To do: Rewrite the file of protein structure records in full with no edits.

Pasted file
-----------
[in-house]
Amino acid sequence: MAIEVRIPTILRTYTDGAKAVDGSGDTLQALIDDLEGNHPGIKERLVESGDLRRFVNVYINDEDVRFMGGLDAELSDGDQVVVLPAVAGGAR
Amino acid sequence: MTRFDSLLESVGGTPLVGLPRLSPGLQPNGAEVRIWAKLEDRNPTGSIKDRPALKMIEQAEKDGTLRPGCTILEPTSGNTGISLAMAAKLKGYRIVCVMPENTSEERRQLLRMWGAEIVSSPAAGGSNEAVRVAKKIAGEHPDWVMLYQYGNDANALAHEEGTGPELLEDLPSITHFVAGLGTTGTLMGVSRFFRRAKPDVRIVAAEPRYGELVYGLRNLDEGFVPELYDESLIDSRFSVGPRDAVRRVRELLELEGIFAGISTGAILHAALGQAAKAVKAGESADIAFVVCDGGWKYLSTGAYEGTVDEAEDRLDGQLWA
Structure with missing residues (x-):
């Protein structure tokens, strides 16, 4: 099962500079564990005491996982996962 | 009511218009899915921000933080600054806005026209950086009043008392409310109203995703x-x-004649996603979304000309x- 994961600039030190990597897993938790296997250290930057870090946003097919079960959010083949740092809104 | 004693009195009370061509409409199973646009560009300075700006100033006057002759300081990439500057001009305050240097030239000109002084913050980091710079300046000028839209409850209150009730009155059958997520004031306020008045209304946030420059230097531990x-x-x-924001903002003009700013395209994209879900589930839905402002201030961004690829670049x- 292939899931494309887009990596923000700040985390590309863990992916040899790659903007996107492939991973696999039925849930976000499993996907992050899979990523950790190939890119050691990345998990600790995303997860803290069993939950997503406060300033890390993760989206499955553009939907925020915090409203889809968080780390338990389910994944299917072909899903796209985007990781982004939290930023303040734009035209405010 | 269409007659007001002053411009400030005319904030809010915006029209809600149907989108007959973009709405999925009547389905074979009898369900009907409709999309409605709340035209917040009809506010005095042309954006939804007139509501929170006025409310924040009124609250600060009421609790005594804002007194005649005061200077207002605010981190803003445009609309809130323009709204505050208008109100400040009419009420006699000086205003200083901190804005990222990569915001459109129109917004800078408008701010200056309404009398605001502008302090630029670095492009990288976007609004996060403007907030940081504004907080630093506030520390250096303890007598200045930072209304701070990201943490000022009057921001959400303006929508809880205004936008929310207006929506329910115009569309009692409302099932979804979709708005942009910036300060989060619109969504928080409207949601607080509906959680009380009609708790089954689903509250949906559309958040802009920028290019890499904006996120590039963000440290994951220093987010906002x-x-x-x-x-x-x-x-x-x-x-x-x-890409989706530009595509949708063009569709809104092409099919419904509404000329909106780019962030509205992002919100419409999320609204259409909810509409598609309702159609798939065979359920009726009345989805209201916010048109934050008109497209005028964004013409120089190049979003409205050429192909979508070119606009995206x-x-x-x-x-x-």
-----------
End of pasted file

[in-house]
Amino acid sequence: MAIEVRIPTILRTYTDGAKAVDGSGDTLQALIDDLEGNHPGIKERLVESGDLRRFVNVYINDEDVRFMGGLDAELSDGDQVVVLPAVAGGAR
Amino acid sequence: MTRFDSLLESVGGTPLVGLPRLSPGLQPNGAEVRIWAKLEDRNPTGSIKDRPALKMIEQAEKDGTLRPGCTILEPTSGNTGISLAMAAKLKGYRIVCVMPENTSEERRQLLRMWGAEIVSSPAAGGSNEAVRVAKKIAGEHPDWVMLYQYGNDANALAHEEGTGPELLEDLPSITHFVAGLGTTGTLMGVSRFFRRAKPDVRIVAAEPRYGELVYGLRNLDEGFVPELYDESLIDSRFSVGPRDAVRRVRELLELEGIFAGISTGAILHAALGQAAKAVKAGESADIAFVVCDGGWKYLSTGAYEGTVDEAEDRLDGQLWA
Structure with missing residues (x-):
């Protein structure tokens, strides 16, 4: 099962500079564990005491996982996962 | 009511218009899915921000933080600054806005026209950086009043008392409310109203995703x-x-004649996603979304000309x- 994961600039030190990597897993938790296997250290930057870090946003097919079960959010083949740092809104 | 004693009195009370061509409409199973646009560009300075700006100033006057002759300081990439500057001009305050240097030239000109002084913050980091710079300046000028839209409850209150009730009155059958997520004031306020008045209304946030420059230097531990x-x-x-924001903002003009700013395209994209879900589930839905402002201030961004690829670049x- 292939899931494309887009990596923000700040985390590309863990992916040899790659903007996107492939991973696999039925849930976000499993996907992050899979990523950790190939890119050691990345998990600790995303997860803290069993939950997503406060300033890390993760989206499955553009939907925020915090409203889809968080780390338990389910994944299917072909899903796209985007990781982004939290930023303040734009035209405010 | 269409007659007001002053411009400030005319904030809010915006029209809600149907989108007959973009709405999925009547389905074979009898369900009907409709999309409605709340035209917040009809506010005095042309954006939804007139509501929170006025409310924040009124609250600060009421609790005594804002007194005649005061200077207002605010981190803003445009609309809130323009709204505050208008109100400040009419009420006699000086205003200083901190804005990222990569915001459109129109917004800078408008701010200056309404009398605001502008302090630029670095492009990288976007609004996060403007907030940081504004907080630093506030520390250096303890007598200045930072209304701070990201943490000022009057921001959400303006929508809880205004936008929310207006929506329910115009569309009692409302099932979804979709708005942009910036300060989060619109969504928080409207949601607080509906959680009380009609708790089954689903509250949906559309958040802009920028290019890499904006996120590039963000440290994951220093987010906002x-x-x-x-x-x-x-x-x-x-x-x-x-890409989706530009595509949708063009569709809104092409099919419904509404000329909106780019962030509205992002919100419409999320609204259409909810509409598609309702159609798939065979359920009726009345989805209201916010048109934050008109497209005028964004013409120089190049979003409205050429192909979508070119606009995206x-x-x-x-x-x-």